AVM is Wonderful. In the original sense of the word. Written by Barbara Kingsolver with intriguing sidebars inserted here and there by her husband Steven Hopp and daughter Camille Kingsolver, this book is a humorful, beautiful and thought-provoking look at the business of eating locally (like, from your own backyard).
There have been many reviews detailing the premise of this work of non-fiction, so let me just point out some parts of the book that were most meaningful to me.
The book begins kind of a la Michael Moore, as I like to describe it. This didn't turn me off as much as, I'm sorry to say, I found my eyes glazing over one or two times. As background and context for their year, this section is essential but it was really the narrative of their actual journal I found to be most magical.
This book truly made me want to try my hand at growing asparagus with Kingsolver's fascinating description of this plant that is only for the patient. It also made me want to explore the use of heirloom seeds - even the seeds are beautiful, nevermind what they produce.
Kingsolver's calm description of her rather complicated concept of the Vegetannual. A wonderful glimpse as to when fruits and vegetables are truly in season and why.
One of the most beautiful passages was related to preparations for her 50th birthday party where locally grown was taken to a new art:
I stood for a minute clutching my carrots, looking out over our pasture to Walker Mountain on the horizon. The view from our garden is spectacular. I thought about about people I knew who right at that moment might be plucking chickens, picking strawberries, and lettuce, just for us. I felt grateful to the people involved, and the animals also.Better in context, of course.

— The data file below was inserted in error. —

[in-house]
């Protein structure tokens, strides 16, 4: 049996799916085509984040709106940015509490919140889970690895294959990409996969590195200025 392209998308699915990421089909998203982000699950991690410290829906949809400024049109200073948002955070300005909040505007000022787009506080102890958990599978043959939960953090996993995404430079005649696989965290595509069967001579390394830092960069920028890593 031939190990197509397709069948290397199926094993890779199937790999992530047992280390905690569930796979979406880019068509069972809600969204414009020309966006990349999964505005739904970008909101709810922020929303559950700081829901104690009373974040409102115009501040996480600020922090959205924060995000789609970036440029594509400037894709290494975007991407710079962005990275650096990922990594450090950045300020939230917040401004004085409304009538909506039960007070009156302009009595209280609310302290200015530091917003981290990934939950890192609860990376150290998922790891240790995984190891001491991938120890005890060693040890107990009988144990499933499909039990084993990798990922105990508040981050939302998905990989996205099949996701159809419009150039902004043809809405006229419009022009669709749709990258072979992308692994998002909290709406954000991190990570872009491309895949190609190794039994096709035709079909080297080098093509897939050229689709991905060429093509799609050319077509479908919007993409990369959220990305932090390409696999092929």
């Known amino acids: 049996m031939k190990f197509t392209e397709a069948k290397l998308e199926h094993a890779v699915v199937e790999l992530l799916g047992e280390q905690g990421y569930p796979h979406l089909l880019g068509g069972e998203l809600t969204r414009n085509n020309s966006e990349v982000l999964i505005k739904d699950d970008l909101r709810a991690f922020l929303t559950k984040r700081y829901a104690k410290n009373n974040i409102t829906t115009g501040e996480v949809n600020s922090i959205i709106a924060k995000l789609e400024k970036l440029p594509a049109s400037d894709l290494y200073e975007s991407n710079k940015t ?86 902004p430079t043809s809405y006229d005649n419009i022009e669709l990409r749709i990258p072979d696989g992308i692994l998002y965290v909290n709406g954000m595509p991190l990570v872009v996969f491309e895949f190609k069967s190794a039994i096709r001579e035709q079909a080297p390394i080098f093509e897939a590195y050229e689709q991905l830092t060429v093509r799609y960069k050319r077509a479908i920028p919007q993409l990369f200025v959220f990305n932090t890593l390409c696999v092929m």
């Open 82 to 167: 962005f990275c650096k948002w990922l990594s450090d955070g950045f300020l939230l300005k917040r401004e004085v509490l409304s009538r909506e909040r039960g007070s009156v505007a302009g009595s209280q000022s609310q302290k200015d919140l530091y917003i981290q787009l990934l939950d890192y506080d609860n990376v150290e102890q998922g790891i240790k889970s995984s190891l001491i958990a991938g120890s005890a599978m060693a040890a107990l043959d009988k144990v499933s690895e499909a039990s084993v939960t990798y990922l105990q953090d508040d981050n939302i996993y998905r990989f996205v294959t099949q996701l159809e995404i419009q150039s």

One thing I will note, is that the Kingsolver's certainly have a lot of "appliances". They have a food dehydrator, chest freezer, bread machine, pasta maker, and food processor. Not that I'm knocking these wonders of the modern world...I'm just sayin'.
So many other anecdotes about the year that were interesting and funny and moving, yes, moving were related to poultry. The passages about Ms. Kingsolver's daughter Lilly and her thriving egg business are highlights of the book. And who knew that turkeys rarely ever have sex in this country any more! The Kingsolvers are quick to point out that they are by no means goodie-two-shoes. They have a stack of Mac-n-Cheese (Kraft or Annie's?) and they would never, ever, ever consider going a year without coffee.
And perhaps the most underrated contribution to this book: the simple line illustrations by Richard Houser. He's not even mentioned on the cover! They are little gems.
Animal, Vegetable, Miracle is a wonderful book full of surprises (Try the wonderful surprise at the end of "Slow Food Nations") like the growing season itself.